Yesterday I watched our long track athletes get back on the 400m oval for the first time in months. Fortunately, I was standing next to Derek Parra, 2002 Long Track Olympic Gold and Silver Medalist. I asked him, “Is getting back on the ice for the first time like riding a bike?”
“Kind of,” he said.
Since I am not a former skater, lucky for me most of the people I work with are, I of course had to ask him to explain. He said, “The hard thing about speedskating is that it is not a natural sport, like running. In running you are upright and you push forward to build momentum. Speedskating is very unique because you are bent over in a specific position and you have to push to the side to build momentum.“
Derek went on to tell me, as a long track speedskater you spend your summers doing dryland, inlining, biking, skating on the short track ice, etc.. All of these different types of training compliment the muscle groups and energy systems you use in speedskating. You cannot duplicate it. The feeling that you get while speedskating, the rhythm and timing, is so specific. So when you get back on the ice again something feels off. It takes a few days to get use to the movement, feeling and millimeter edge.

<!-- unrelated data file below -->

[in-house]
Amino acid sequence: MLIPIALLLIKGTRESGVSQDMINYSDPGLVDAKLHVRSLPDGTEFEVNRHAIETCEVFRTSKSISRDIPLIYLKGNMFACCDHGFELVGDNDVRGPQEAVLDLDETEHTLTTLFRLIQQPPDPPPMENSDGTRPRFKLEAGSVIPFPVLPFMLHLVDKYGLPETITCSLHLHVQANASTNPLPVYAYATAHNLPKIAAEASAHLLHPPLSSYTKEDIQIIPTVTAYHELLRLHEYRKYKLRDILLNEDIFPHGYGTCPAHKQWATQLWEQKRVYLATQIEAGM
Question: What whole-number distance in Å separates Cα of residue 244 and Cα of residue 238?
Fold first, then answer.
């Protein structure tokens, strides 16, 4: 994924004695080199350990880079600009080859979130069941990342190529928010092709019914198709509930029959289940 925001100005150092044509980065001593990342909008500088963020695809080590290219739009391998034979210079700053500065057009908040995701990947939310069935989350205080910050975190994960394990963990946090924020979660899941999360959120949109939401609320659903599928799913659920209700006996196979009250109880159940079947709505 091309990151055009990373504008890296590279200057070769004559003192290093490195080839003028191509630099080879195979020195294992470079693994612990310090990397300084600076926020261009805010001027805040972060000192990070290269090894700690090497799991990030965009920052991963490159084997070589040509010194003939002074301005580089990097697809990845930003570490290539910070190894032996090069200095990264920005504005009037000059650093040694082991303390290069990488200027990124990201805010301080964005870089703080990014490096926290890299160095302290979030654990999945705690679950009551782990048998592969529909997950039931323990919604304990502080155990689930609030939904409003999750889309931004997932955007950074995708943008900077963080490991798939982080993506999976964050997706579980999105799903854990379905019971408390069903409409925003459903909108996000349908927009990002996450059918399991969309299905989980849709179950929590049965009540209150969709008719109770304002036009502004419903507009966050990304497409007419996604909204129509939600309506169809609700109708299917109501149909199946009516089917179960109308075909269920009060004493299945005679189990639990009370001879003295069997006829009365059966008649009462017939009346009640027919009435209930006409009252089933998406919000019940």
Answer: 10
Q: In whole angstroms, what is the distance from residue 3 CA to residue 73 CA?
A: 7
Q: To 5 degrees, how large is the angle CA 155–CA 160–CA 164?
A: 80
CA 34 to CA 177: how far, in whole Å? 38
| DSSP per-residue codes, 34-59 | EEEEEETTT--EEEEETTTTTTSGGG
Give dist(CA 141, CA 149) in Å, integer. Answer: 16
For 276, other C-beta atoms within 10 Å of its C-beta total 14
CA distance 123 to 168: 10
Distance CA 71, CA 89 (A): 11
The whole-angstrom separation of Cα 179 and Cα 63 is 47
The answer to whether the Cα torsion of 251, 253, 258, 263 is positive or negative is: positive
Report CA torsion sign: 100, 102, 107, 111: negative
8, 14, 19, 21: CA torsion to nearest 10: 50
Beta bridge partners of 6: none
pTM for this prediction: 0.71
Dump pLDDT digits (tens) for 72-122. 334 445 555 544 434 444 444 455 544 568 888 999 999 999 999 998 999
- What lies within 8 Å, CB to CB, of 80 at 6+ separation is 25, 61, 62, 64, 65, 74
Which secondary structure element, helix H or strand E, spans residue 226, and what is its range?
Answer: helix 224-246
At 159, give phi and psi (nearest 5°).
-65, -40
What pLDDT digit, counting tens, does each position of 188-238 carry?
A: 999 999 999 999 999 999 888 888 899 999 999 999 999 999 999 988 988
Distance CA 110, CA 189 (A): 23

“I would get back on the ice for the first time and feel great,” he said. “Then once I would doing a couple of sets of laps I would get super fatigued. The smaller muscles that I haven’t been able to work through summer training are really playing a role in keeping me balanced while I am going around a turn at 30 mph. As months go on and those stabilizing muscles get more incorporated in your technique and fitness, then it is like riding a bike.”
Being naive about speedskating, I also asked Derek how dryland, cycling, etc. helped you on the ice but that is a whole other blog post. So for now, here is a video with some current athletes and their excitement to be back on the ice.
Author: Jenny Walter